We've seen customer caution. I mean, I think every business -- this is above life science tools and diagnostics. Businesses have been cautious this year on spend, and it's certainly manifested itself more meaningfully in Q2, particularly in biotech. And so when I think about it, about a point of our change in the growth outlook comes from China. About 3 points of it comes from customer caution. And within it, bioproduction is about a point or a third of the customer caution aspect, two-thirds across the rest of the business.

Versus sort of what the Analyst Day and sort of the view in May, we saw China certainly soft throughout the quarter. And in our business, the final month of a quarter is actually quite meaningful across all of our businesses. So while we certainly saw some customer caution in the beginning of the second quarter, June saw no bounce at all, right? So it just -- it's kind of flat through the quarter. So therefore, we just didn't see that view, which is why we've adjusted the outlook at this point in time.

Matthew Sykes
Analyst at The Goldman Sachs Group

Great. That's very helpful color. Thanks, Marc. And then just for my follow-up, just on the AI segment and instruments, could you maybe, just given the visibility you might have into sort of the back half of this year, talk about sort of what the backlog looks like, order growth and how you're feeling about sort of the moderation in instrument growth in the back half of this year that you talked about earlier this year?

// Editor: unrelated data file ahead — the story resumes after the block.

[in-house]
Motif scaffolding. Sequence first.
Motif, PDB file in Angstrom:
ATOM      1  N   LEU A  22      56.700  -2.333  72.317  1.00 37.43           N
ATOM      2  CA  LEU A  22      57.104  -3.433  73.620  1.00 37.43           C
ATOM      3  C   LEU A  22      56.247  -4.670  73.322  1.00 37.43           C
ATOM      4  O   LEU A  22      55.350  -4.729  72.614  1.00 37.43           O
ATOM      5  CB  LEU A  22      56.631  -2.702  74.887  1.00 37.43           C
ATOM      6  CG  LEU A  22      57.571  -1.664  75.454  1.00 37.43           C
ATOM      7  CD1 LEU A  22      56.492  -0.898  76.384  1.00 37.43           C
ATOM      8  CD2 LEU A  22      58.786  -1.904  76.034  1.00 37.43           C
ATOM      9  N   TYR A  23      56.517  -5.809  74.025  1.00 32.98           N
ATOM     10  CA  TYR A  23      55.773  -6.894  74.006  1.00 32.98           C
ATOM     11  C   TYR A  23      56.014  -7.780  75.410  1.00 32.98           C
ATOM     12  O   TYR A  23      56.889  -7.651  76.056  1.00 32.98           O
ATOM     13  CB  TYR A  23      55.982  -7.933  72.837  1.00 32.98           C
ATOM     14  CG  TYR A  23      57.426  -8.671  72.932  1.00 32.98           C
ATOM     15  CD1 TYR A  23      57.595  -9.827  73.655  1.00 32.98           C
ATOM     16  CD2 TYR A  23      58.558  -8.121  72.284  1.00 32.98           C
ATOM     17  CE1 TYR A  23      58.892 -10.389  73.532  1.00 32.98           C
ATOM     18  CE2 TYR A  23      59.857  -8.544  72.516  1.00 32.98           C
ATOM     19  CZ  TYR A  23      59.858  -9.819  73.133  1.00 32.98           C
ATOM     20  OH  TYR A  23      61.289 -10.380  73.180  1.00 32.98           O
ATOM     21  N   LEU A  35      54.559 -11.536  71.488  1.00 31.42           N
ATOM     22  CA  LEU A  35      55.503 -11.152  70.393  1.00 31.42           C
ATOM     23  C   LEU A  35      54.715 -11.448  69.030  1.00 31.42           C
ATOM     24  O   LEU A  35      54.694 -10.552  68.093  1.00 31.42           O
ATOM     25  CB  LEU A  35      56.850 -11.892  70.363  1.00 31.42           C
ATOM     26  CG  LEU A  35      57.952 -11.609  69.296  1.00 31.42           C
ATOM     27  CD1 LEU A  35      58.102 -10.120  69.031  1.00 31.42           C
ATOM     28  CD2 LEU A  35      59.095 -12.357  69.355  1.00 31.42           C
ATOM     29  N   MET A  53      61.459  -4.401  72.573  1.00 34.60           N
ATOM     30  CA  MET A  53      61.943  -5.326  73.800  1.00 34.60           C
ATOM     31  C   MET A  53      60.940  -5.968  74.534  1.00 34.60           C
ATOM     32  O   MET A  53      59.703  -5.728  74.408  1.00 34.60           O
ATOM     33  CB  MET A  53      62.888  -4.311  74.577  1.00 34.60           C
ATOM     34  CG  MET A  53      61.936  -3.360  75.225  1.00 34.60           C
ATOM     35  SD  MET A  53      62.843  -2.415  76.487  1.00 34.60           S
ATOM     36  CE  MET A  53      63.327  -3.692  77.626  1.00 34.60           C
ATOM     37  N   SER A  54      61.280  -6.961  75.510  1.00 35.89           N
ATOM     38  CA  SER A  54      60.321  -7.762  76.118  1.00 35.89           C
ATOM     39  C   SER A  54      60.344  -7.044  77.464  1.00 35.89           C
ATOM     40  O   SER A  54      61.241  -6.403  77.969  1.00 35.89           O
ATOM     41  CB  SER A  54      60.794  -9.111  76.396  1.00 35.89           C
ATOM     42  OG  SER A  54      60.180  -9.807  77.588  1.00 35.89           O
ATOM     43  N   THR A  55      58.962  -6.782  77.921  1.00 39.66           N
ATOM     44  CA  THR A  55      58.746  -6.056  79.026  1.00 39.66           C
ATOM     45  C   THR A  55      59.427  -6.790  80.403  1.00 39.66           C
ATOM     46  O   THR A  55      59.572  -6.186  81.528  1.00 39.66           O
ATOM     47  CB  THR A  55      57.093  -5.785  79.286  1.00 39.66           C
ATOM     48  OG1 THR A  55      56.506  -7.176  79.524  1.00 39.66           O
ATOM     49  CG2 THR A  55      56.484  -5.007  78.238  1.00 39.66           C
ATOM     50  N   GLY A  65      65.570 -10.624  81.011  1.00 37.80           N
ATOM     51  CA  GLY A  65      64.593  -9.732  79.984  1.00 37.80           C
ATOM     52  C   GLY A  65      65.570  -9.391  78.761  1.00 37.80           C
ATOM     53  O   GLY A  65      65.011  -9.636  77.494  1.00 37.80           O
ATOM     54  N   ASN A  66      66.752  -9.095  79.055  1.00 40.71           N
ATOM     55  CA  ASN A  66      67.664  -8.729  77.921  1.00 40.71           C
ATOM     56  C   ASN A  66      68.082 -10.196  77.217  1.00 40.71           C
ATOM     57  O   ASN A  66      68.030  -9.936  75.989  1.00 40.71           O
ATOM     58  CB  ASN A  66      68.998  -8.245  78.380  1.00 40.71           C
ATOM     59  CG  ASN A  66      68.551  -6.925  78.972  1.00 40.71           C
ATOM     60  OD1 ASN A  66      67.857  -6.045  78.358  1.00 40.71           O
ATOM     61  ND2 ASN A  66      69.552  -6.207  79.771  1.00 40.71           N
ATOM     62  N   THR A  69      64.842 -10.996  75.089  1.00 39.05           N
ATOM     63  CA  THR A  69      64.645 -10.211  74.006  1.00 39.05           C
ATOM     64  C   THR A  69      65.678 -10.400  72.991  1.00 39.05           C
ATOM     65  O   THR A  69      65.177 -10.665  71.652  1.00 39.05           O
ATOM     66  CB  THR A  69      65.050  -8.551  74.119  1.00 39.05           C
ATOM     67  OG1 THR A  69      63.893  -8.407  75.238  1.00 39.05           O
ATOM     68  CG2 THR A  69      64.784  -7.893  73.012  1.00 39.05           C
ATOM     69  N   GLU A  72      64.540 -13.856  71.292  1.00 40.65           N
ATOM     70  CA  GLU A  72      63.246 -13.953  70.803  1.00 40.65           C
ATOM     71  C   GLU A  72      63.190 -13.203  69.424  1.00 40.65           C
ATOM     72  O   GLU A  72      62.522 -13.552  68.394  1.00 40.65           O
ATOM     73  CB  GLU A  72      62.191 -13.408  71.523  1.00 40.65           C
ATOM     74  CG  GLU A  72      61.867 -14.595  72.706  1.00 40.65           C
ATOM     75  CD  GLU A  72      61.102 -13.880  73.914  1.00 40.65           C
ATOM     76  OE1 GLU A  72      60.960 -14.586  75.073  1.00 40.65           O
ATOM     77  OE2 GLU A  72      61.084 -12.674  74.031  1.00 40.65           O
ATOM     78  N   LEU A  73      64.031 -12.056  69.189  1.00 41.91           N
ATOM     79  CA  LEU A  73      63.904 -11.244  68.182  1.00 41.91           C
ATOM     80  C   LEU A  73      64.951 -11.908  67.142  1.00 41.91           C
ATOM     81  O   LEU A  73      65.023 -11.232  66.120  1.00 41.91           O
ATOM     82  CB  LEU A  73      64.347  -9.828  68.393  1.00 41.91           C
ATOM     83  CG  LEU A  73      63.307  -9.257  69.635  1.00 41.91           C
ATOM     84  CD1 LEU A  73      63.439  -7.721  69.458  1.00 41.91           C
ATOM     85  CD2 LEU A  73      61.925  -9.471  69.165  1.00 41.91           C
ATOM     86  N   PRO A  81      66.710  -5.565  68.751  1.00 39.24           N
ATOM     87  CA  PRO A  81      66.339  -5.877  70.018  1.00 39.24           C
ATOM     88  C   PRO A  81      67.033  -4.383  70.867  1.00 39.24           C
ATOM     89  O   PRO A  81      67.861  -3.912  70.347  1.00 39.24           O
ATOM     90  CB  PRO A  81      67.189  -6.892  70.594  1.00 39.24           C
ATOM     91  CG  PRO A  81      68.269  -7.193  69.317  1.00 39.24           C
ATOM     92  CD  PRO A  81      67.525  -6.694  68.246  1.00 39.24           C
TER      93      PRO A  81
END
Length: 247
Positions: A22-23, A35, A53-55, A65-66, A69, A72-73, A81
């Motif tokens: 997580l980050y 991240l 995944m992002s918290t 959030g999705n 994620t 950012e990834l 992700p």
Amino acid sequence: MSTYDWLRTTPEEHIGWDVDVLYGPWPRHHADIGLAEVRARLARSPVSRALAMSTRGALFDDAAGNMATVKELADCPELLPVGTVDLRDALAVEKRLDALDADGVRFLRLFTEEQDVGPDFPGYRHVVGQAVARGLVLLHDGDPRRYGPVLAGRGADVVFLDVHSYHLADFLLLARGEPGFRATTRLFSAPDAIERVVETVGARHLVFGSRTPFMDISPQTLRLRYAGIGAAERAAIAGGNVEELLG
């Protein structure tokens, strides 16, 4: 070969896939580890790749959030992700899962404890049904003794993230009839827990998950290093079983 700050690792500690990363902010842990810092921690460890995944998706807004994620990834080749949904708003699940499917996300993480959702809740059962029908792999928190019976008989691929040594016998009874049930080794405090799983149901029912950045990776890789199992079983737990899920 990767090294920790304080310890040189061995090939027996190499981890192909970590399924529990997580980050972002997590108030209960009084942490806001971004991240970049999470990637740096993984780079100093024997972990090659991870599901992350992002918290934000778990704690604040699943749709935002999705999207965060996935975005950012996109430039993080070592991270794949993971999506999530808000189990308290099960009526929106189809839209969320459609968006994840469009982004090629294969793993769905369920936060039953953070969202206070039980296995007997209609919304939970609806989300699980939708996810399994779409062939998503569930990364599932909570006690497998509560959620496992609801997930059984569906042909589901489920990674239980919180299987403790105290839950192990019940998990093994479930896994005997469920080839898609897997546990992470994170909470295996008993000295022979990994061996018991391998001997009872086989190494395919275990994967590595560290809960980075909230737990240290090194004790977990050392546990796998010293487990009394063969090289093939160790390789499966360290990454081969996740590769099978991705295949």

Marc N. Casper
Chairman, President and Chief Executive Officer at Thermo Fisher Scientific

Yeah. Matt, thanks for the question. So when I think about instruments, we obviously entered the year with a strong backlog and we entered the quarter with a strong backlog, and the 10% growth is very strong performance. Orders were definitely softer than we expected in Q2, primarily driven by China, which is a large component of the business there. And therefore, I would say we would expect that the growth rate would become more muted as the year unfolds in the Analytical Instruments business as we continue to work down the backlog. Thank you, Matt.

Matthew Sykes
Analyst at The Goldman Sachs Group

Thanks very much.

Operator

Thank you. Our next question comes from Dan Arias from Stifel. Dan, your line is now open. Please go ahead.

Dan Arias
Analyst at Stifel Nicolaus